Grace Lichtenstein

Musical Gumbo: The Music of New Orleans

[Excerpt] "Much has been written about the transition of rhythm and blues into rock ā€˜nā€™ roll, the term coined by disc jockey Allen Freed to describe the irrepressible music that caught the fancy of white teenagers in the middle fifties. But the transition was summed up best during a session at the J & M studio, when a flamboyant gay black pianist from Georgia sang ten syllables that shook the world: 'A WOP BOP ALOOBOP A WOP BAM BOOM.'

"Little Richard recorded 'Tutti Frutti' with the J & M house band in September 1955, and in the process altered the course of popular music. But even before 'Tutti Frutti' hit jukeboxes and radio stations in January of 1956, J & M was becoming a rollicking incubator for the big beat....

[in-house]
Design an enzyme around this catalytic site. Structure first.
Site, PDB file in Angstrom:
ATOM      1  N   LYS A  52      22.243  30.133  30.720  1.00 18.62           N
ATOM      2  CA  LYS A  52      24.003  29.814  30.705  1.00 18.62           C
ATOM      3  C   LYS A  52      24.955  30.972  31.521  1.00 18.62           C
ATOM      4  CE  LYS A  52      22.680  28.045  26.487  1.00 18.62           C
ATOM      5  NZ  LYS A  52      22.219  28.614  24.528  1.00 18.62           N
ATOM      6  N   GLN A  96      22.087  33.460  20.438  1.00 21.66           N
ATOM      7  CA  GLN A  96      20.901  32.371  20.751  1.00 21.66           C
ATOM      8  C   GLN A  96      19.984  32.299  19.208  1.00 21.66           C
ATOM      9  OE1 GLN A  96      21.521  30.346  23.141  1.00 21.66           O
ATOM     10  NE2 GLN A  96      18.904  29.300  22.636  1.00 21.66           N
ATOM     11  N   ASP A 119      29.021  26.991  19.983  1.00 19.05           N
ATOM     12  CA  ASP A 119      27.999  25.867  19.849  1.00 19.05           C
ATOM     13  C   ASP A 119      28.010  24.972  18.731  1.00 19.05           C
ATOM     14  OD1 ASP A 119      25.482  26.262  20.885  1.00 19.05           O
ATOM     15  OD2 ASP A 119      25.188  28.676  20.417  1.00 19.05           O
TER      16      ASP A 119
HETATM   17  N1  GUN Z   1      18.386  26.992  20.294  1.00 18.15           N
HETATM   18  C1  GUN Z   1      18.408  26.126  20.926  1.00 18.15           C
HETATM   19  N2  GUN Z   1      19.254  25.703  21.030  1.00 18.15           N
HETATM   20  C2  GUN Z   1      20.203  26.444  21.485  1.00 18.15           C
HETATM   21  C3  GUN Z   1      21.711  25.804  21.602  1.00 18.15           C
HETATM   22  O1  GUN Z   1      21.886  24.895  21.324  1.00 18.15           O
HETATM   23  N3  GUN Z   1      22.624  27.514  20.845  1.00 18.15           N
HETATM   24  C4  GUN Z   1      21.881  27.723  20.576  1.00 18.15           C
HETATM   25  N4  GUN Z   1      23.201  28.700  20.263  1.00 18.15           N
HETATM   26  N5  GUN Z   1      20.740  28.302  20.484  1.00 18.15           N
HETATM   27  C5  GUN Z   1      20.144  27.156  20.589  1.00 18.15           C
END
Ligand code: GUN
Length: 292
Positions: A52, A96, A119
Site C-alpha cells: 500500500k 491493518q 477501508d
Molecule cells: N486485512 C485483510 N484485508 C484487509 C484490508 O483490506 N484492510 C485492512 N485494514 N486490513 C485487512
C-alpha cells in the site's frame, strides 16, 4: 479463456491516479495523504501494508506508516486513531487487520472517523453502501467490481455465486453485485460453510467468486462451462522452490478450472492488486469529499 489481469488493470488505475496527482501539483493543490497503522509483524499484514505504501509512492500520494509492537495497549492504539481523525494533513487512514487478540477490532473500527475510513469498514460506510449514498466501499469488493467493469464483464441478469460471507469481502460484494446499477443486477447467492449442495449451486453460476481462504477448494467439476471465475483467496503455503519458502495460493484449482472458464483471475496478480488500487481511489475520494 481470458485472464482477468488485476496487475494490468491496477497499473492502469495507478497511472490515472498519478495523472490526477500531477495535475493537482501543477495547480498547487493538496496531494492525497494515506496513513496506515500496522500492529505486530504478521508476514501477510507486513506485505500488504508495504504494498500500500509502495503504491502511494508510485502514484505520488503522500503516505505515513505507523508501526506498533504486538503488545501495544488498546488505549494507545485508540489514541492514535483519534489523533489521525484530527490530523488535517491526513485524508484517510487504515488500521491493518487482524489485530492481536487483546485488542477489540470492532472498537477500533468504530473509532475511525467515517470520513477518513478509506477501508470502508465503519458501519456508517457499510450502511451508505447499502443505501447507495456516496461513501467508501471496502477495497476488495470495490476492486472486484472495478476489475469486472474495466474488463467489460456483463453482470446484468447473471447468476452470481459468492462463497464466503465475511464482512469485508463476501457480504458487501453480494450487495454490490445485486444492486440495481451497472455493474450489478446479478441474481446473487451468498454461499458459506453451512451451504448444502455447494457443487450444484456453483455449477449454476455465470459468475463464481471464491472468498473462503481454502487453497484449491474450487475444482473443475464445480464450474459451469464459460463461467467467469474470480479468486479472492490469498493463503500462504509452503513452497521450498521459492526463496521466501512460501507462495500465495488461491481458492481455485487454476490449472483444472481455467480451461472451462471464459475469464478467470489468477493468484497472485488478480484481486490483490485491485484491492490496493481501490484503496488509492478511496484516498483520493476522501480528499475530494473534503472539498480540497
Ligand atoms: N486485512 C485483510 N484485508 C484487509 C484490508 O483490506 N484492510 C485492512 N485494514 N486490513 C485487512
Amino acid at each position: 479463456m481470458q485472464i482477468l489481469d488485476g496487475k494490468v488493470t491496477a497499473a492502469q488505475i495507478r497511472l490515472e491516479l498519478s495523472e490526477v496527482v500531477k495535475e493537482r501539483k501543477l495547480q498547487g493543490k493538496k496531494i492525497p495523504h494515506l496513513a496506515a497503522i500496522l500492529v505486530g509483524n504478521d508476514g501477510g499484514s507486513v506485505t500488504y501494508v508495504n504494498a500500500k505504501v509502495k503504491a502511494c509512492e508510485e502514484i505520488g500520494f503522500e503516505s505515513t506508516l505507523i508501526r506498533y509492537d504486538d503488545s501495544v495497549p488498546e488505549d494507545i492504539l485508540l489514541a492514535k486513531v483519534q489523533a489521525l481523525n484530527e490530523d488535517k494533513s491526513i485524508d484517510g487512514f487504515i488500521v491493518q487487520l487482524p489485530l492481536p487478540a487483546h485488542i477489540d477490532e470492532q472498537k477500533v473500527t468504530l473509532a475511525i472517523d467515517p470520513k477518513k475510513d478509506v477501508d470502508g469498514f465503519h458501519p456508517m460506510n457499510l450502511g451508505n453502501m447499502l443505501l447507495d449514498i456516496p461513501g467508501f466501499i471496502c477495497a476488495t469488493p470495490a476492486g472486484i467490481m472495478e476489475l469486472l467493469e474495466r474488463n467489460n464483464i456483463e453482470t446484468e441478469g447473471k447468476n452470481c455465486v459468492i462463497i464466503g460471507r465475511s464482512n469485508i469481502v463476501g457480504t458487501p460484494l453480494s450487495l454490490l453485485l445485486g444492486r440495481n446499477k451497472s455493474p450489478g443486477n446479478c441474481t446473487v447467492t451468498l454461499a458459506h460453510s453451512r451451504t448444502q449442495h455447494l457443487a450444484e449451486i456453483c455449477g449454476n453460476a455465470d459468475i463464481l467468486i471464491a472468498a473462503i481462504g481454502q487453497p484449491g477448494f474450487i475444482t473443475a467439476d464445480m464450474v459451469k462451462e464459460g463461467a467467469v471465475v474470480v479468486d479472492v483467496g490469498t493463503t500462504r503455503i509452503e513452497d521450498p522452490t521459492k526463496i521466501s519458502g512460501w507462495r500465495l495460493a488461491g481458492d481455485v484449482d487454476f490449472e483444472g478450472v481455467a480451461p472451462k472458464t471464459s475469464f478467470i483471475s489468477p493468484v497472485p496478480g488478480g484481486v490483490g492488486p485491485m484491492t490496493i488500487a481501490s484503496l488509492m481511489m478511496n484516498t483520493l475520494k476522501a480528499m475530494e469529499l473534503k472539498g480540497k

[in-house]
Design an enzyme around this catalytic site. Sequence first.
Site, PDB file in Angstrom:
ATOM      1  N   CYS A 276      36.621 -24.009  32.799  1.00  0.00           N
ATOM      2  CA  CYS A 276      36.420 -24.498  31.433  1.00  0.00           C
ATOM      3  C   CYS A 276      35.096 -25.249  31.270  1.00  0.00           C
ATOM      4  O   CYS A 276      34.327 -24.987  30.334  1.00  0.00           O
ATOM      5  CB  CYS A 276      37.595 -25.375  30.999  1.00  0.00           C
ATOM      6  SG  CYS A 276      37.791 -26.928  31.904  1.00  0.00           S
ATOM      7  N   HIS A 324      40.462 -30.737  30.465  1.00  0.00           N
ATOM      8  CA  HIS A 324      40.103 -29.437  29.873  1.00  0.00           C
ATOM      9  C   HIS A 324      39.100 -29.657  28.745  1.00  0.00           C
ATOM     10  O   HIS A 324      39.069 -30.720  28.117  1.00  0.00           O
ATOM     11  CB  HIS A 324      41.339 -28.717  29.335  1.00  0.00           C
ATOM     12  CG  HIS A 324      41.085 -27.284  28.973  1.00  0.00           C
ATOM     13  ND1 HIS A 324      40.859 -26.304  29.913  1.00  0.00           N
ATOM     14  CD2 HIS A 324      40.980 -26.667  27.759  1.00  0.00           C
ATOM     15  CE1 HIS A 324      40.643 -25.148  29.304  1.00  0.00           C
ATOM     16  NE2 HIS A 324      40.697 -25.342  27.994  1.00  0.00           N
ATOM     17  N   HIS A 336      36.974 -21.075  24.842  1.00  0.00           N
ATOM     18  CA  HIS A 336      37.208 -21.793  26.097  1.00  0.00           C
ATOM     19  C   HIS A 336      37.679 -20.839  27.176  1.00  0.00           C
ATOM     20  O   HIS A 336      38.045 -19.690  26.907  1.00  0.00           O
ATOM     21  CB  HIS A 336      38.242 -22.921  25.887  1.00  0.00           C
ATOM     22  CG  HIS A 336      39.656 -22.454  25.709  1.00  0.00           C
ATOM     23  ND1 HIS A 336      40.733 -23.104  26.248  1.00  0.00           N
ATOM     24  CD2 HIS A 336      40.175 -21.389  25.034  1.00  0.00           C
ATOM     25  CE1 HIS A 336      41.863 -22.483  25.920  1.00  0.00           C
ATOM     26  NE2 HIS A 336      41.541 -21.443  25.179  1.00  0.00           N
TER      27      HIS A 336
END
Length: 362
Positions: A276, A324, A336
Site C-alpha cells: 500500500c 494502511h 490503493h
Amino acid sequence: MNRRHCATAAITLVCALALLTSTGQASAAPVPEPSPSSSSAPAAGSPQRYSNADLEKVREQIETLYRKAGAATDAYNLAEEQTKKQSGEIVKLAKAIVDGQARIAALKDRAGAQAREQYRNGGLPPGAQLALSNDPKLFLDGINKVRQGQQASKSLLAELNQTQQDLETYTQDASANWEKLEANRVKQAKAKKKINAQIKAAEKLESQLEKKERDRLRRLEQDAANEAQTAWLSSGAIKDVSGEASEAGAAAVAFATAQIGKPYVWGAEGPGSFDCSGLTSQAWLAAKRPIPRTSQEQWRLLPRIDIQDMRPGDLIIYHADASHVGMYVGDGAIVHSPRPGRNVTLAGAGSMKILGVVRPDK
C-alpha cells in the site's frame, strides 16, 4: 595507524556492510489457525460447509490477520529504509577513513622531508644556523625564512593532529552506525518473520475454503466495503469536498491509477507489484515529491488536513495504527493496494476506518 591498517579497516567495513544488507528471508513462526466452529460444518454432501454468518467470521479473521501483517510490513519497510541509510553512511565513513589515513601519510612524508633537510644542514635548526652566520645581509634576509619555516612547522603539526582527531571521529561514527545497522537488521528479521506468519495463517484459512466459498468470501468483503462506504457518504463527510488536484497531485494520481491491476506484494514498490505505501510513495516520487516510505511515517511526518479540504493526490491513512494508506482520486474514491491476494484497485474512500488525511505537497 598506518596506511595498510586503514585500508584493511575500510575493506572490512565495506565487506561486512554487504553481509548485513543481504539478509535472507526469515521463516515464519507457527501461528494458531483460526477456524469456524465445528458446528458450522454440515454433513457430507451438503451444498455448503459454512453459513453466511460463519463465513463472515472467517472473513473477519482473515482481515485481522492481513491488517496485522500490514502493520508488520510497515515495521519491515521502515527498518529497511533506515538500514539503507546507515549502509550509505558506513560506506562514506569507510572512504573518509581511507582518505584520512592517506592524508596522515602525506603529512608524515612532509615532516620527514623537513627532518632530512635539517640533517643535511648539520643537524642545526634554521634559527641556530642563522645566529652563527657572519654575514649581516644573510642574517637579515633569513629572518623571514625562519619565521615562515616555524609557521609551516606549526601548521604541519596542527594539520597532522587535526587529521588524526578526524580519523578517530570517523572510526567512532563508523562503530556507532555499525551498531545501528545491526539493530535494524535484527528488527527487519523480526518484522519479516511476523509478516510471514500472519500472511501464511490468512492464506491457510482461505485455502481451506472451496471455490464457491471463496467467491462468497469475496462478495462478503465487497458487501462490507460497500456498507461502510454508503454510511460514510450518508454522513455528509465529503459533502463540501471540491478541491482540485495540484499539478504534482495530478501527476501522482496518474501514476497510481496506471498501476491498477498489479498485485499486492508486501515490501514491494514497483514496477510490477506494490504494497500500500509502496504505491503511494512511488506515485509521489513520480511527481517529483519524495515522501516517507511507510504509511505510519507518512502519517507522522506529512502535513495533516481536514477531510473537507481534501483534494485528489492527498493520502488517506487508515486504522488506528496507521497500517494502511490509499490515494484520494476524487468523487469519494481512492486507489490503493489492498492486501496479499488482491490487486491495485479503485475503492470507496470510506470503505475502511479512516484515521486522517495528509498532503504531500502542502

"[W]hat in the world did 'a wop bop aloobop a wop bam boom/Tutti Frutti/aw rooty' mean? [Pianist Earl Palmer recalled that after the first take, he turned and asked "[saxophonist Red] Tyler, 'What's he saying?' Tyler shrugged. 'What does it matter? He won't be able to explain it anyway.' To many, the dirty street-talk origin of the lyrics was obvious, beginning with the title. [Mac] Rebennack and he friends realized, as he commented later, 'This is not about ice cream.'

"Today, there still isn't much to explain. 'Tutti Frutti' was a cannon shot among the first volleys that heralded a new age, a 150-proof nonsense song that distilled the essence of rock 'n' roll